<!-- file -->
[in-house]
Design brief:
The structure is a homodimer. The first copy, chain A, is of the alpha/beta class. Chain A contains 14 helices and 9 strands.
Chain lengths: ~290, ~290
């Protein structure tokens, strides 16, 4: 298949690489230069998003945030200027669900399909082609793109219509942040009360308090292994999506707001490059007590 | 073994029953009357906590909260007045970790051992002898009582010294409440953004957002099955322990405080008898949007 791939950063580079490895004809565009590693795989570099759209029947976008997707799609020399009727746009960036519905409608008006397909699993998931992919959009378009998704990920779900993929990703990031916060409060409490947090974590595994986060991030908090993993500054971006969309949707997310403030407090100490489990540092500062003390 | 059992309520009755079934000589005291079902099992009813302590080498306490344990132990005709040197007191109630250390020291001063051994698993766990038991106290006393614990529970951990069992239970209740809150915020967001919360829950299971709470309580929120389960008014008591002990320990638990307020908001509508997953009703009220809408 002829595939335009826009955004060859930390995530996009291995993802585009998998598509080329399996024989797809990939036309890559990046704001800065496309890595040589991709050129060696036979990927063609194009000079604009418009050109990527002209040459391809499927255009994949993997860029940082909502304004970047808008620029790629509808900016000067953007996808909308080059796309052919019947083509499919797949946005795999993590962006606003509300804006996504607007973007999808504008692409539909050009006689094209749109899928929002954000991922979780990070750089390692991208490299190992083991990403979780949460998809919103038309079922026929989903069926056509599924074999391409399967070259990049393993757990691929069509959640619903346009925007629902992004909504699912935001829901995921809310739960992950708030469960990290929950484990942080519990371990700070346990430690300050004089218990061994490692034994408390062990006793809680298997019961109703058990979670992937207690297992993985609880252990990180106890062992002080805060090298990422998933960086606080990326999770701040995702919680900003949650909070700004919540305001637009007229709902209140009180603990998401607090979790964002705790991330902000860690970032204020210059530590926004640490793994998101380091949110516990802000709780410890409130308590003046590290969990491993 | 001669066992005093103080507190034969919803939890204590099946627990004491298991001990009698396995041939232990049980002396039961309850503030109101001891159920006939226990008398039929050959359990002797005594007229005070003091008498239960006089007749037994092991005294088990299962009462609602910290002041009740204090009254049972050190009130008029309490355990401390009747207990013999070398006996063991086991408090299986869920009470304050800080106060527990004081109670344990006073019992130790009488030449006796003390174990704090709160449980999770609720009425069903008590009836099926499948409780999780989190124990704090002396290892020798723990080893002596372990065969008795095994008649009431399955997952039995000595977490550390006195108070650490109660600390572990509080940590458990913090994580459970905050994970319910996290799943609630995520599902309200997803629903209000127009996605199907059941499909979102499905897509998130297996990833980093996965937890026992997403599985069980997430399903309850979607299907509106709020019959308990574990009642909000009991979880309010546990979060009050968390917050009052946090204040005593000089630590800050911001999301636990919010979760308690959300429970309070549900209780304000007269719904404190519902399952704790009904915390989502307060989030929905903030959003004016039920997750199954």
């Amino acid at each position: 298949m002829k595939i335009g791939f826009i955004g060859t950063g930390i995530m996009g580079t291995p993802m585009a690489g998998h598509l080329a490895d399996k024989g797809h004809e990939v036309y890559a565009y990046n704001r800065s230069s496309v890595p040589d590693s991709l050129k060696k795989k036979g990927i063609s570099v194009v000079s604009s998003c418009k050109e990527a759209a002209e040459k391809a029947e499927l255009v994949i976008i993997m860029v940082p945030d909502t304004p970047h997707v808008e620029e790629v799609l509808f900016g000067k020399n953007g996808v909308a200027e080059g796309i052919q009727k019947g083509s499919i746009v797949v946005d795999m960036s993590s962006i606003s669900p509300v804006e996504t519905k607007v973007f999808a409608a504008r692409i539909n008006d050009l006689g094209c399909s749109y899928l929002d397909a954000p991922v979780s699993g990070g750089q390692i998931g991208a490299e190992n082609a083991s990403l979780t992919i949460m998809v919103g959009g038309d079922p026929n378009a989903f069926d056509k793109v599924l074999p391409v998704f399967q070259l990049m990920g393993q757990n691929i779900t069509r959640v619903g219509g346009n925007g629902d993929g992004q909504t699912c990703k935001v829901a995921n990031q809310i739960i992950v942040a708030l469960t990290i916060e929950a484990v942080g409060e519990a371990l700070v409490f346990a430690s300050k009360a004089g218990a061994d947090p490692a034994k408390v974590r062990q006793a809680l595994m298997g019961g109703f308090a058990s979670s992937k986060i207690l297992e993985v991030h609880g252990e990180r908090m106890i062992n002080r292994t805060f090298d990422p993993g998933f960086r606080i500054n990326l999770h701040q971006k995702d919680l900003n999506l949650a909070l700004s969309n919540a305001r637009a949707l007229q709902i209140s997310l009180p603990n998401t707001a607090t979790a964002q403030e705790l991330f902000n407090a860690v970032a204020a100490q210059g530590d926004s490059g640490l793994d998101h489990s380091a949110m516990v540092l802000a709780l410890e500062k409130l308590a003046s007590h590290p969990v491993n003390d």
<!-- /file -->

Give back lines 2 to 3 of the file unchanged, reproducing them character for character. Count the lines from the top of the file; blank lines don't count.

Design brief:
The structure is a homodimer. The first copy, chain A, is of the alpha/beta class. Chain A contains 14 helices and 9 strands.